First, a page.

Recipe: Chicken Satay


Chicken Skewers

4 chicken breasts or thighs  (cut into strips)
2 limes (juice & zest)
2 tbsp. grapeseed oil
1 tsp. sea salt
1 tsp. pepper

Satay Sauce 

1/2 cup almond or cashew butter
1/4 cup coconut milk
1/4 cup cilantro (chopped)
1 tbsp. fish sauce
1 lime (juice)
2 tbsp. fresh grated ginger
1/2 tsp. sea salt
1 tsp. crushed red pepper
2 scallions (chopped for garnish)


Thread chicken strips on skewers. Set aside. Brush a thin coat of grapeseed or olive oil on grill pan and heat until very hot. Add chicken to grill pan and let cook for about 4-5 minutes per side.

While the chicken is cooking, take a small sauce pan and add coconut milk and almond butter and simmer over low heat until combined. Add the rest of the ingredients and remove from heat. Put sauce in serving dish and top with scallions. Serve warm with chicken skewers.



Paleo Pairing: Beef Tenderloin & Napa Cab

The last Sunday of our Paleo Pairing challenge calls for a succulent beef tenderloin and a Napa Cab!

My Paleo Pairing for day 26 features a 2008 “Eileen” Cabernet Sauvignon from Chiarello Vineyards with Beef Tenderloin & Bordeaux Reduction.  This wine is full-bodied and complex with bold dark fruit of blackberry and cassis, a hint of mocha, velvety tannins and a long elegant finish. This wine is  a real powerhouse and the perfect match for beef tenderloin.  We had our first bottle of this for our anniversary last year at Michael Chiarello’s restaurant Bottega in Yountville, California. I have become a big fan of the Chiarello Family Vineyards.  We ordered this wine from their website.  It’s a little bit of slurge, but worth every penny!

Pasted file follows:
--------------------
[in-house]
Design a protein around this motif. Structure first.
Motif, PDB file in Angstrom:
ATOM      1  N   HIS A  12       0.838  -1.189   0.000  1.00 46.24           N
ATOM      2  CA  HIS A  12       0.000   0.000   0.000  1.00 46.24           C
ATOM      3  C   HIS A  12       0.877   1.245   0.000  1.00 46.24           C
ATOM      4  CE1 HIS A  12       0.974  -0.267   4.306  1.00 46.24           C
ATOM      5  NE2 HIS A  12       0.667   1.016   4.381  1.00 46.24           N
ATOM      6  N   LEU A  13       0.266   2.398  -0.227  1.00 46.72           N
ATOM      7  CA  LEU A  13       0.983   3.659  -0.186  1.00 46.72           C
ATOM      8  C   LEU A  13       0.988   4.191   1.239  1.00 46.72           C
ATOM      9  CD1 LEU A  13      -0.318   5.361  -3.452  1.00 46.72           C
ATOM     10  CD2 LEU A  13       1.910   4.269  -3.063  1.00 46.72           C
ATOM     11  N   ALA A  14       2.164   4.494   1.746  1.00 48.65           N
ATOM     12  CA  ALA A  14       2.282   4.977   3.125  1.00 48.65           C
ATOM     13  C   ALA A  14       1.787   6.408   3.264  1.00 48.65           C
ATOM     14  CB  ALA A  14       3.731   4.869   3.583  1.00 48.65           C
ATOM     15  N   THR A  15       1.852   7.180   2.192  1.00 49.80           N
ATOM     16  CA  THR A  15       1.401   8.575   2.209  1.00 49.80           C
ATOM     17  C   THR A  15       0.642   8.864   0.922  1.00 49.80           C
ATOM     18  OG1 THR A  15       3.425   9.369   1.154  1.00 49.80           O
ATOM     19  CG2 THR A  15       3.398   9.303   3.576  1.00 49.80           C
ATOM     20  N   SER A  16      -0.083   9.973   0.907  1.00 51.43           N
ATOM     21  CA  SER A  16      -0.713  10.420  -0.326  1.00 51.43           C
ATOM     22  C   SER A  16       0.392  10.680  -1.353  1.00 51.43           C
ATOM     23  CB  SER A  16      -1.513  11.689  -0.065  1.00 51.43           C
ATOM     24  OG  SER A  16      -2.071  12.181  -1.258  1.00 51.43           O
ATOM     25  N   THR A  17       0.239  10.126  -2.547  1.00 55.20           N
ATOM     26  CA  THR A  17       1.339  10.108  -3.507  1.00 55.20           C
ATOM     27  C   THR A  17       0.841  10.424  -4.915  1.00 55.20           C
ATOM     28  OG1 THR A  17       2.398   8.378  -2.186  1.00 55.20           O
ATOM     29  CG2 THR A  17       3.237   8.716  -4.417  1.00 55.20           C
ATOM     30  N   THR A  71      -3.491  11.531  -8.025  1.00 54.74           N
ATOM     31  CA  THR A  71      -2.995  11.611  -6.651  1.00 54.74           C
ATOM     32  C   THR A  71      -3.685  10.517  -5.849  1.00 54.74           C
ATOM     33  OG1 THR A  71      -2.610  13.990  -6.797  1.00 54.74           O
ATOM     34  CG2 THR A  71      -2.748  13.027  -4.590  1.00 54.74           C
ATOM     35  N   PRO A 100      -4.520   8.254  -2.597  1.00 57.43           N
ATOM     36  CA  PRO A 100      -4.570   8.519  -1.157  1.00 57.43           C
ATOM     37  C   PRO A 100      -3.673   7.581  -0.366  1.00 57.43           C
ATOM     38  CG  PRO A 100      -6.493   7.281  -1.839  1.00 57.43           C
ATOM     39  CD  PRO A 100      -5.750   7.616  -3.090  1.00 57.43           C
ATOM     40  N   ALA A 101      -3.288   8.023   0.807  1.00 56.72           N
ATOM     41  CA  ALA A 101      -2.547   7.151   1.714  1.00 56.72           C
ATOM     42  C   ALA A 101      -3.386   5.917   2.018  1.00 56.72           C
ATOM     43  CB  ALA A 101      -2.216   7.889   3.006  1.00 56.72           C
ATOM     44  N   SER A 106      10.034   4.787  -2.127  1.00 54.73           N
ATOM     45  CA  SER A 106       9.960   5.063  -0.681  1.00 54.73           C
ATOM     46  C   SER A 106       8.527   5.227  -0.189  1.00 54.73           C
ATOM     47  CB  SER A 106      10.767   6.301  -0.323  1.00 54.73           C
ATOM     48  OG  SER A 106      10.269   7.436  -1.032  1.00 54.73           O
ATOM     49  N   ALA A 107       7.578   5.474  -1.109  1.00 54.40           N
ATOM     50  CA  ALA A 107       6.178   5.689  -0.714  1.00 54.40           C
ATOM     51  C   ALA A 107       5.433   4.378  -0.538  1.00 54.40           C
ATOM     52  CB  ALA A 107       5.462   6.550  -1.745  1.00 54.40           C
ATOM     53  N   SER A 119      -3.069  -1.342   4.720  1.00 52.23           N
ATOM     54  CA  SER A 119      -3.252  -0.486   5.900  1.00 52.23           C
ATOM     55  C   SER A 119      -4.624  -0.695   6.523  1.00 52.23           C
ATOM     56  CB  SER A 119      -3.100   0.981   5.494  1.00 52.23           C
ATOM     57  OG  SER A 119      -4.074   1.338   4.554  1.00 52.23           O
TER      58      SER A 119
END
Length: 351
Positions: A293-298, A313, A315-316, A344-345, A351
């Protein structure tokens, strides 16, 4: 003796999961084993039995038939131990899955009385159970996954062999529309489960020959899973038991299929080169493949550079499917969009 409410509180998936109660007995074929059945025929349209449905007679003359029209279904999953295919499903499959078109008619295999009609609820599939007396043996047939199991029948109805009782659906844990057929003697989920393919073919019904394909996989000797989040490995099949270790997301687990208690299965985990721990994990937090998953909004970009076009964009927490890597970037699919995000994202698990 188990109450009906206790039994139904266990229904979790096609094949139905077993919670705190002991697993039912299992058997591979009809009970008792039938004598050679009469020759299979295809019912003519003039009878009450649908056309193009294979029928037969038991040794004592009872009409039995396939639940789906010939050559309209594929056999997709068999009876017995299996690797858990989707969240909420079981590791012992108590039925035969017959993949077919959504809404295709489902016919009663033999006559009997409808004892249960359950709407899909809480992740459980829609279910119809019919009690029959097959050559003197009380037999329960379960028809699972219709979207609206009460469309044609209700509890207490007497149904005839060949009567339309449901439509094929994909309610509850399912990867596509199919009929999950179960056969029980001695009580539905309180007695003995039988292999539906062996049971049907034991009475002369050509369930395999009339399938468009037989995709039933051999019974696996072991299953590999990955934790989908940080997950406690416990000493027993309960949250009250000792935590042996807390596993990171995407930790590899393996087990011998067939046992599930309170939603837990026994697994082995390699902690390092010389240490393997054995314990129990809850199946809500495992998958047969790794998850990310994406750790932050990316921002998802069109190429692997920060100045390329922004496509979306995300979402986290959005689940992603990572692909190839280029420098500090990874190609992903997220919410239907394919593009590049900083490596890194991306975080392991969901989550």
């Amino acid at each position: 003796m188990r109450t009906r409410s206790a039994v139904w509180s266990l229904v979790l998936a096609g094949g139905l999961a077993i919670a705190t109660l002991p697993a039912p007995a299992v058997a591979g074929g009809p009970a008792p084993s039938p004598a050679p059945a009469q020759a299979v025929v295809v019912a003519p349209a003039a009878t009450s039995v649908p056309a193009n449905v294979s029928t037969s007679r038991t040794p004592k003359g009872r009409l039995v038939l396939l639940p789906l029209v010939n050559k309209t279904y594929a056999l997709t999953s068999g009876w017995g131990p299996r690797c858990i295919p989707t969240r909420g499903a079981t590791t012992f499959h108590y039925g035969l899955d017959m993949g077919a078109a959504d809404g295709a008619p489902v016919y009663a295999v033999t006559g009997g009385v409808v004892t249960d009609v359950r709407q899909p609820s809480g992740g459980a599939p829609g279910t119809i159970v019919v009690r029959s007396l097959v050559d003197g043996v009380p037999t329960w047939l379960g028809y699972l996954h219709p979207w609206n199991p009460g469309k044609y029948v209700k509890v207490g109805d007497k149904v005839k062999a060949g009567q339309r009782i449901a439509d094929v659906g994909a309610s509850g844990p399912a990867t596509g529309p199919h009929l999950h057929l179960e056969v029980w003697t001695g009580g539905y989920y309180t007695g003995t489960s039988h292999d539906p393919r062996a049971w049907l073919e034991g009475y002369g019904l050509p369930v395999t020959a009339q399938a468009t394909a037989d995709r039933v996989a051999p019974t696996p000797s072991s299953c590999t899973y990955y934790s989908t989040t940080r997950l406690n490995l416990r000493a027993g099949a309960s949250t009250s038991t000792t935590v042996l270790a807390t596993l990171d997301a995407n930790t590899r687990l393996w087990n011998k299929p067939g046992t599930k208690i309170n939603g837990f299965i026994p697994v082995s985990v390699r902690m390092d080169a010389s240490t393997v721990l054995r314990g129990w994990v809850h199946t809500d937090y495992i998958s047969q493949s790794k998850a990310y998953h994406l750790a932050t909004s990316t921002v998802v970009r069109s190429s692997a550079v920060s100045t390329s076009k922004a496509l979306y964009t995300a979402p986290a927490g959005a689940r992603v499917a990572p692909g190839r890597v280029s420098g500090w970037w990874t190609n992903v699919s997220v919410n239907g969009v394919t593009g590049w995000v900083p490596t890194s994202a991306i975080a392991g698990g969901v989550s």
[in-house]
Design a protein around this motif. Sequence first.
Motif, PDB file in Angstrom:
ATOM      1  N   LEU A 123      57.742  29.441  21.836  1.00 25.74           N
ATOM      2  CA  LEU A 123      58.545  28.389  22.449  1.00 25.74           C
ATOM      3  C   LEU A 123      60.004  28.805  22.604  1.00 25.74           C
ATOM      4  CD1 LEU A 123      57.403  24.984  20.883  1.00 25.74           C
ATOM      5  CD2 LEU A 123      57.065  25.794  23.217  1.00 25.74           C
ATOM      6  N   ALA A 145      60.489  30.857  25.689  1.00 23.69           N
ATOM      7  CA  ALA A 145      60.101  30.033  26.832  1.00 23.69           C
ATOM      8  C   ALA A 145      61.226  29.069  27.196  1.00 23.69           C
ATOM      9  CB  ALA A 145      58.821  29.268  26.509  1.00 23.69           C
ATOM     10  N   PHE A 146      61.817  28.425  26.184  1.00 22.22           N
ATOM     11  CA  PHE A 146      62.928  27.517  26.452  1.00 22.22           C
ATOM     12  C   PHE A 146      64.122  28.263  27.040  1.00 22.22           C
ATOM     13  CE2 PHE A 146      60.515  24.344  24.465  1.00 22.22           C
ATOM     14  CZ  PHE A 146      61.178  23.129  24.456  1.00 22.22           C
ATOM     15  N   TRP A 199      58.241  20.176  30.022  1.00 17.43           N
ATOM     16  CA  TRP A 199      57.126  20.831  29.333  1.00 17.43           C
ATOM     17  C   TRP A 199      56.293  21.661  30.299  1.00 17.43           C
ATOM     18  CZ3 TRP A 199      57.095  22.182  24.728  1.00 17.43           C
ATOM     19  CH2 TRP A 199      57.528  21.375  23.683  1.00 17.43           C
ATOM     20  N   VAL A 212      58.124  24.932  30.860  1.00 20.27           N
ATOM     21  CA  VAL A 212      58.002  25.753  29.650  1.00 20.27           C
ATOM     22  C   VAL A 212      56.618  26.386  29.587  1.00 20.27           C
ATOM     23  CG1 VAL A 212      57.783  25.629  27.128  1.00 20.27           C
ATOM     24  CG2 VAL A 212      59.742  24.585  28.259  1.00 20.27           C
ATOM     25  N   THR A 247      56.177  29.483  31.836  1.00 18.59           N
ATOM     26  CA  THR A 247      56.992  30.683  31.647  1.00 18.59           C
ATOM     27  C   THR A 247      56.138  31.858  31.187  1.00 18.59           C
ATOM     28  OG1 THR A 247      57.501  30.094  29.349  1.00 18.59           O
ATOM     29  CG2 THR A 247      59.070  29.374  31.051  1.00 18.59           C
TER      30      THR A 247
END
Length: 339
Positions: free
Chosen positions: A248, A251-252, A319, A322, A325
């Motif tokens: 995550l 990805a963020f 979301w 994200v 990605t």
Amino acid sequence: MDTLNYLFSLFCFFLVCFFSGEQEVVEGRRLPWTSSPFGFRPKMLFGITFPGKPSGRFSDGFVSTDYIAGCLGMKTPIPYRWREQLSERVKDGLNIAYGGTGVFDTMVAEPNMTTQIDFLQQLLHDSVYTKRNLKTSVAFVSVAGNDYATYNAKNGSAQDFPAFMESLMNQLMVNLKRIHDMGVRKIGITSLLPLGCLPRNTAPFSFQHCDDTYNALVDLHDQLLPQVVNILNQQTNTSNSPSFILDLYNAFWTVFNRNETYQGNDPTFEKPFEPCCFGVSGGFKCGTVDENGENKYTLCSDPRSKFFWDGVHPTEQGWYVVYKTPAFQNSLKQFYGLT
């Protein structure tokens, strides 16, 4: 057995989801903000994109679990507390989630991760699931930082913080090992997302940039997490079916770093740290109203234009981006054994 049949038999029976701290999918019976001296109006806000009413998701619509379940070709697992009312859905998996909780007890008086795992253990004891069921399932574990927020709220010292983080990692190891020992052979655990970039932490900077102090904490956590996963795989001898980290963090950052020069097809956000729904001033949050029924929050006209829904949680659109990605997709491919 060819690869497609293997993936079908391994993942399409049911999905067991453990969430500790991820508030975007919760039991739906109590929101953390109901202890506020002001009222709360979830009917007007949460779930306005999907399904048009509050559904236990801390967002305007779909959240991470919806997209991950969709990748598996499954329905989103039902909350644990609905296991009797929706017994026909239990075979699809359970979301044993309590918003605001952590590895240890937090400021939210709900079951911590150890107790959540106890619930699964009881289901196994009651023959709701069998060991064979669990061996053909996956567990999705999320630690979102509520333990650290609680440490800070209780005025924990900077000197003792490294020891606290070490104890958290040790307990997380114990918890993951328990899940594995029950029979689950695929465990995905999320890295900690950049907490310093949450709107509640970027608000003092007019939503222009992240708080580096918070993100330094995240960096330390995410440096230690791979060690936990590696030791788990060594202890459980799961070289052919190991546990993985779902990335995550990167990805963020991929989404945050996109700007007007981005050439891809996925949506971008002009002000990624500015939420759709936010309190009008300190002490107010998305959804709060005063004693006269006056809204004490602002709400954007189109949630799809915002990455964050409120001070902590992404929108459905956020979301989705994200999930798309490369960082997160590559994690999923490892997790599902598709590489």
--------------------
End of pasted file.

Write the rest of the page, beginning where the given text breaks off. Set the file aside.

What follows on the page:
3lb beef tenderloin
1 tbsp. sea salt
1 tbsp. freshly ground black pepper

Bordeaux Reduction

1 package of baby portobellos
2 shallots
1 tbsp. sugar
1 tbsp. sea salt
1 tbsp. Worcestershire
1 bottle Bordeaux (under $15)
4 thyme sprigs
4 rosemary sprigs
2 bay leaves
1 tbsp. peppercorns


Heat olive oil in large pot, add shallots and mushrooms and cook for about 15 minutes until slightly caramelized. Add sugar and stir. Let cook for another 5 minutes to get a really deep caramelized color. Add worcestershire sauce and stir. Add wine and bring to a boil. Leave the sauce on a low boil for about 20-25 minutes until the wine reduces by about half.  Add chicken or beef stock and the rest of the seasoning and bring to a boil. Once the sauce comes to a boil, reduce heat to low and let simmer for about 45 minutes.  Makes approximately cups of reduction. Sauce can be made up to 2 days in advance.

The meat will sear better if you remove the beef from the refrigerator about 30 minutes before you plan on cooking it. Pat the beef tenderloin with paper towel to remove excess moisture. Add salt & pepper on all side of the tenderloin.  In a dutch oven of oven proof pan, sear tenderloin on all sides – about 5-7 minutes total.  Transfer to oven and cook for 22-24 minutes for medium rare. Remove from oven and transfer to platter and cover with aluminum foil and let rest for 15-20 minutes before slicing.  Serve with reduction sauce and a side of roasted asparagus.

Butternut Squash Soup & Torrontes

Butternut squash soup with toasted sage and crabmeat is a classic fall dish. When it comes to wine for this hearty, decadent and creamy soup, I  typically reach for a nice Chardonnay aged in french oak to accentuate the baking spices in the dish, but I always like to mix things up a little with a great little sipper from South America.  Torrontes is Argentina’s signature white grape. It’s an aromatic varietal boasting beautiful floral notes of jasmine and roses,  stone fruit aromas, vibrant citrus along with a hint of honey, white pepper and sometimes herbs.